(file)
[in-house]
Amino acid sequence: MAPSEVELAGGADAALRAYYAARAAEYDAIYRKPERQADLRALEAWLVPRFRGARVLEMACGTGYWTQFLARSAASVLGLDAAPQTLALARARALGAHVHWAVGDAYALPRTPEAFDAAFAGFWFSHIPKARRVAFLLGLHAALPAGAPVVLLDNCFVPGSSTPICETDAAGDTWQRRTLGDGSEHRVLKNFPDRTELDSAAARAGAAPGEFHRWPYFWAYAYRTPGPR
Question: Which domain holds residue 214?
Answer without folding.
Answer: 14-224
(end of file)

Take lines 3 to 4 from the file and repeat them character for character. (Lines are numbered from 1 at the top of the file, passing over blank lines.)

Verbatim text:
Question: Which domain holds residue 214?
Answer without folding.